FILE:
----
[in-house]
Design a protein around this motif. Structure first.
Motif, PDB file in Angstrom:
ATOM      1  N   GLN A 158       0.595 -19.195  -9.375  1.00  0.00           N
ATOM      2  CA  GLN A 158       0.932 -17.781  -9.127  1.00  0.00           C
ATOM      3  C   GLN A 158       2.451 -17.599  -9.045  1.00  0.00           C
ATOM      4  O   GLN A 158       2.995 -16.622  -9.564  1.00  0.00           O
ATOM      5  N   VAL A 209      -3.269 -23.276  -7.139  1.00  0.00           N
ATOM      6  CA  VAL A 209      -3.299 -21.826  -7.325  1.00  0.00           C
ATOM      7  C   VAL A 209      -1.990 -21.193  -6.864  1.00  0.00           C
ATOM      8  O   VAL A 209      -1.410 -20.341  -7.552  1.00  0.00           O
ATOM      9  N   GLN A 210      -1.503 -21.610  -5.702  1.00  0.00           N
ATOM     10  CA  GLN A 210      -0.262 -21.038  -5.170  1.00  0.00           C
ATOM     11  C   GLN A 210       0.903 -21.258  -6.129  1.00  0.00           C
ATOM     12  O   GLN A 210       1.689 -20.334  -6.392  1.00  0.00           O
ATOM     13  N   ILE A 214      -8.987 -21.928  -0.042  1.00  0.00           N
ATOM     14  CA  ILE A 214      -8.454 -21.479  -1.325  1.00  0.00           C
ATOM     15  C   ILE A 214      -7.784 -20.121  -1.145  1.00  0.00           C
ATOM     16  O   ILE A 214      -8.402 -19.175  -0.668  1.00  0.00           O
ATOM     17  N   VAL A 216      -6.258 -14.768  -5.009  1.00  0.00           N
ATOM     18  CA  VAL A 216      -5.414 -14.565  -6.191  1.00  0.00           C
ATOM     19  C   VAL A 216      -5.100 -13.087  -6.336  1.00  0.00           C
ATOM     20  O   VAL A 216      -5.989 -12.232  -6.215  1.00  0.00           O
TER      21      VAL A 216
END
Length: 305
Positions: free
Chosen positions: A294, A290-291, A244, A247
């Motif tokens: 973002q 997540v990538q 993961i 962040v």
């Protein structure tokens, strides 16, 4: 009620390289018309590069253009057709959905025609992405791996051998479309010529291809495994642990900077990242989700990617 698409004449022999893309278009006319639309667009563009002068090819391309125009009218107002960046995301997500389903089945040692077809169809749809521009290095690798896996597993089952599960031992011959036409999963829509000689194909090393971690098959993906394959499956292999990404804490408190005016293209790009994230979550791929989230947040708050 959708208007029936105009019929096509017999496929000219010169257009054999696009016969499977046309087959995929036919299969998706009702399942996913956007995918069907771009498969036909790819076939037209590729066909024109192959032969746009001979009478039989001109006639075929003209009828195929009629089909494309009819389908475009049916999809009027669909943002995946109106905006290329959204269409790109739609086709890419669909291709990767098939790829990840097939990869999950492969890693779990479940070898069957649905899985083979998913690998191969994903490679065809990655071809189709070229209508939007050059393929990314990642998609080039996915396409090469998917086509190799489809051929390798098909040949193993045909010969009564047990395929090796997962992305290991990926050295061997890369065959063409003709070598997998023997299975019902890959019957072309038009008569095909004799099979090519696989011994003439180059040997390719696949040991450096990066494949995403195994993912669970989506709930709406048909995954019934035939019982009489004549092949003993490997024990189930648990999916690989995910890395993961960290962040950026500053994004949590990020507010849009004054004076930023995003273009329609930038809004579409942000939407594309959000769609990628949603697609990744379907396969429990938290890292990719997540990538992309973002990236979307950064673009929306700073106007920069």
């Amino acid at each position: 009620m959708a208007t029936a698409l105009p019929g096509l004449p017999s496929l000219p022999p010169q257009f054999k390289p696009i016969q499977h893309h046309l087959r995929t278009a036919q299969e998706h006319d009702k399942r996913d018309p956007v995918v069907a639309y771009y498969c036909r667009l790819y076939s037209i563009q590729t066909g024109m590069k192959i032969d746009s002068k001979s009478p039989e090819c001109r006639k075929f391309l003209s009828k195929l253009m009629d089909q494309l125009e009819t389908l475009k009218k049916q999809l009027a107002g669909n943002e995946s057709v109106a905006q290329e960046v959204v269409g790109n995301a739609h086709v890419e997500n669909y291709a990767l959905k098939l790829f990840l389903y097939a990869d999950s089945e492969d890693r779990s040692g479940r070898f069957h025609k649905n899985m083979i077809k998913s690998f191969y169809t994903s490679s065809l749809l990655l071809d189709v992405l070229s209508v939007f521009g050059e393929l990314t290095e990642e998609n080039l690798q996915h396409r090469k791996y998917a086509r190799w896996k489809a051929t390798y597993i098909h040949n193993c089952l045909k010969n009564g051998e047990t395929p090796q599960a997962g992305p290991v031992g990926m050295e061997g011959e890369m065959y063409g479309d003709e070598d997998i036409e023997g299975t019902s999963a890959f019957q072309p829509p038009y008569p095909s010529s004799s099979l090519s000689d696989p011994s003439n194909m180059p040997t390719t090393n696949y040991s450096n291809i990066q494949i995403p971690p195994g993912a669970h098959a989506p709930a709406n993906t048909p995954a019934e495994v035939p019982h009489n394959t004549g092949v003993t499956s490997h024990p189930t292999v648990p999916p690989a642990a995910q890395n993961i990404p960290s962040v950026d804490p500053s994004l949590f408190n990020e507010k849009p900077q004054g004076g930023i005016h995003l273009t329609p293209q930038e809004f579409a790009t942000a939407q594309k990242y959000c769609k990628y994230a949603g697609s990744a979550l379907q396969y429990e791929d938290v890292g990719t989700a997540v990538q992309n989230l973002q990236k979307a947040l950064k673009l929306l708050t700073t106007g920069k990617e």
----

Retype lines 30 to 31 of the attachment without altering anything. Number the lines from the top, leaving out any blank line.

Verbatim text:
């Protein structure tokens, strides 16, 4: 009620390289018309590069253009057709959905025609992405791996051998479309010529291809495994642990900077990242989700990617 698409004449022999893309278009006319639309667009563009002068090819391309125009009218107002960046995301997500389903089945040692077809169809749809521009290095690798896996597993089952599960031992011959036409999963829509000689194909090393971690098959993906394959499956292999990404804490408190005016293209790009994230979550791929989230947040708050 959708208007029936105009019929096509017999496929000219010169257009054999696009016969499977046309087959995929036919299969998706009702399942996913956007995918069907771009498969036909790819076939037209590729066909024109192959032969746009001979009478039989001109006639075929003209009828195929009629089909494309009819389908475009049916999809009027669909943002995946109106905006290329959204269409790109739609086709890419669909291709990767098939790829990840097939990869999950492969890693779990479940070898069957649905899985083979998913690998191969994903490679065809990655071809189709070229209508939007050059393929990314990642998609080039996915396409090469998917086509190799489809051929390798098909040949193993045909010969009564047990395929090796997962992305290991990926050295061997890369065959063409003709070598997998023997299975019902890959019957072309038009008569095909004799099979090519696989011994003439180059040997390719696949040991450096990066494949995403195994993912669970989506709930709406048909995954019934035939019982009489004549092949003993490997024990189930648990999916690989995910890395993961960290962040950026500053994004949590990020507010849009004054004076930023995003273009329609930038809004579409942000939407594309959000769609990628949603697609990744379907396969429990938290890292990719997540990538992309973002990236979307950064673009929306700073106007920069």
């Amino acid at each position: 009620m959708a208007t029936a698409l105009p019929g096509l004449p017999s496929l000219p022999p010169q257009f054999k390289p696009i016969q499977h893309h046309l087959r995929t278009a036919q299969e998706h006319d009702k399942r996913d018309p956007v995918v069907a639309y771009y498969c036909r667009l790819y076939s037209i563009q590729t066909g024109m590069k192959i032969d746009s002068k001979s009478p039989e090819c001109r006639k075929f391309l003209s009828k195929l253009m009629d089909q494309l125009e009819t389908l475009k009218k049916q999809l009027a107002g669909n943002e995946s057709v109106a905006q290329e960046v959204v269409g790109n995301a739609h086709v890419e997500n669909y291709a990767l959905k098939l790829f990840l389903y097939a990869d999950s089945e492969d890693r779990s040692g479940r070898f069957h025609k649905n899985m083979i077809k998913s690998f191969y169809t994903s490679s065809l749809l990655l071809d189709v992405l070229s209508v939007f521009g050059e393929l990314t290095e990642e998609n080039l690798q996915h396409r090469k791996y998917a086509r190799w896996k489809a051929t390798y597993i098909h040949n193993c089952l045909k010969n009564g051998e047990t395929p090796q599960a997962g992305p290991v031992g990926m050295e061997g011959e890369m065959y063409g479309d003709e070598d997998i036409e023997g299975t019902s999963a890959f019957q072309p829509p038009y008569p095909s010529s004799s099979l090519s000689d696989p011994s003439n194909m180059p040997t390719t090393n696949y040991s450096n291809i990066q494949i995403p971690p195994g993912a669970h098959a989506p709930a709406n993906t048909p995954a019934e495994v035939p019982h009489n394959t004549g092949v003993t499956s490997h024990p189930t292999v648990p999916p690989a642990a995910q890395n993961i990404p960290s962040v950026d804490p500053s994004l949590f408190n990020e507010k849009p900077q004054g004076g930023i005016h995003l273009t329609p293209q930038e809004f579409a790009t942000a939407q594309k990242y959000c769609k990628y994230a949603g697609s990744a979550l379907q396969y429990e791929d938290v890292g990719t989700a997540v990538q992309n989230l973002q990236k979307a947040l950064k673009l929306l708050t700073t106007g920069k990617e």